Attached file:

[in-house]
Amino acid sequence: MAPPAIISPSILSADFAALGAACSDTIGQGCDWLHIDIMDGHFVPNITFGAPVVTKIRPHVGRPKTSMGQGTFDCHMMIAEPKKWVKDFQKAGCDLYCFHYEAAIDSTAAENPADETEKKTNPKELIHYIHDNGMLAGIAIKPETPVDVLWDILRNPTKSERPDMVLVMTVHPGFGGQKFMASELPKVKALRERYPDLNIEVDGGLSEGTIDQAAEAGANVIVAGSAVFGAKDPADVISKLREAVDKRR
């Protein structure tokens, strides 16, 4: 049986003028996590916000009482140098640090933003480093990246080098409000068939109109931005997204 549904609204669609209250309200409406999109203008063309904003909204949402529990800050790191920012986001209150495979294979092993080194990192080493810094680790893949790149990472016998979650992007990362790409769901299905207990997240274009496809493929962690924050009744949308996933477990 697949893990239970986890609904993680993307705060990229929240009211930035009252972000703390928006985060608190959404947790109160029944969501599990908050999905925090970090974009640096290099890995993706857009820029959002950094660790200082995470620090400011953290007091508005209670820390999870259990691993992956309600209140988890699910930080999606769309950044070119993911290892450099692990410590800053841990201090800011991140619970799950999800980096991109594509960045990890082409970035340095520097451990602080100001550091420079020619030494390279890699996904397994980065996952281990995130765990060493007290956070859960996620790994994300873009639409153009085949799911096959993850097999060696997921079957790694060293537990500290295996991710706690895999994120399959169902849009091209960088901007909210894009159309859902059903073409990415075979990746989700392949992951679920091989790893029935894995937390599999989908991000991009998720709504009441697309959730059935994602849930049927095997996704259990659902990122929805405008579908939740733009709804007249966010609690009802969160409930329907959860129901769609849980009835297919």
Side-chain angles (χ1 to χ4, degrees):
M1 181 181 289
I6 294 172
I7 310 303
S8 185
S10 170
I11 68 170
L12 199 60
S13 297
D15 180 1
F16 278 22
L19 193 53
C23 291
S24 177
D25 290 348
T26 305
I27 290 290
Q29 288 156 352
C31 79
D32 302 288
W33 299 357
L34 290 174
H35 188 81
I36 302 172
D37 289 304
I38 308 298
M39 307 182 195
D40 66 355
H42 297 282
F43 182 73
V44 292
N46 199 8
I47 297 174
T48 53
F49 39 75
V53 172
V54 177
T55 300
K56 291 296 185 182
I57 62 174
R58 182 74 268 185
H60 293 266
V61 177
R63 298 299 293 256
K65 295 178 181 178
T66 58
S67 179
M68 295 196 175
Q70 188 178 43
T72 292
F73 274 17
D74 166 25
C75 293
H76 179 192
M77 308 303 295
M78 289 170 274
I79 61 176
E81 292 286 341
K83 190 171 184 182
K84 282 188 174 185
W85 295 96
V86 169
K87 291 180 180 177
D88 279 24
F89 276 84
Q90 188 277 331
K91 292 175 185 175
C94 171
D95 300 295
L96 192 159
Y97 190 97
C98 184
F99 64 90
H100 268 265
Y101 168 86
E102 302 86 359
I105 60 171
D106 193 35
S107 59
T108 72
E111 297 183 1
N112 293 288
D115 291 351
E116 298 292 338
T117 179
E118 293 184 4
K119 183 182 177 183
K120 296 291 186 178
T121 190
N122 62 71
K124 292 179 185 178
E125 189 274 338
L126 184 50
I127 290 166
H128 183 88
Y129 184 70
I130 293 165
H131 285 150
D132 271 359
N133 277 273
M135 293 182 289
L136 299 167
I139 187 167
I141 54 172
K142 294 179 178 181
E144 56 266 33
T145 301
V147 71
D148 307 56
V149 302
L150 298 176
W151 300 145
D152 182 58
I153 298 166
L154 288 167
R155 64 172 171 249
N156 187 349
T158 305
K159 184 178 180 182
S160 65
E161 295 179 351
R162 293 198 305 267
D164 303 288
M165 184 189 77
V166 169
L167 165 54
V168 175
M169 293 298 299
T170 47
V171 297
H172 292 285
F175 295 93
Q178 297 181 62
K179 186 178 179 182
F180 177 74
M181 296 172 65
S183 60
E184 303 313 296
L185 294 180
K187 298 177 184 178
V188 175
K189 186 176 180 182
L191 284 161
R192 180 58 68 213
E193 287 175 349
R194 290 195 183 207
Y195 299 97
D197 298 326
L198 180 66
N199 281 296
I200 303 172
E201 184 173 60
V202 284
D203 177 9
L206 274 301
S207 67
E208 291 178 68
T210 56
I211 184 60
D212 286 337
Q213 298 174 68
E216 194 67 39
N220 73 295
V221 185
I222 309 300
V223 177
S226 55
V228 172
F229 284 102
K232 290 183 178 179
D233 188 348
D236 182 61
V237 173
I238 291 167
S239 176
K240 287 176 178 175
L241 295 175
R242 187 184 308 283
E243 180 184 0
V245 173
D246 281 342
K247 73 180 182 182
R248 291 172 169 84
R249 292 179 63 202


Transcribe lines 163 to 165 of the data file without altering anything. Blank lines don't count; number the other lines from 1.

D212 286 337
Q213 298 174 68
E216 194 67 39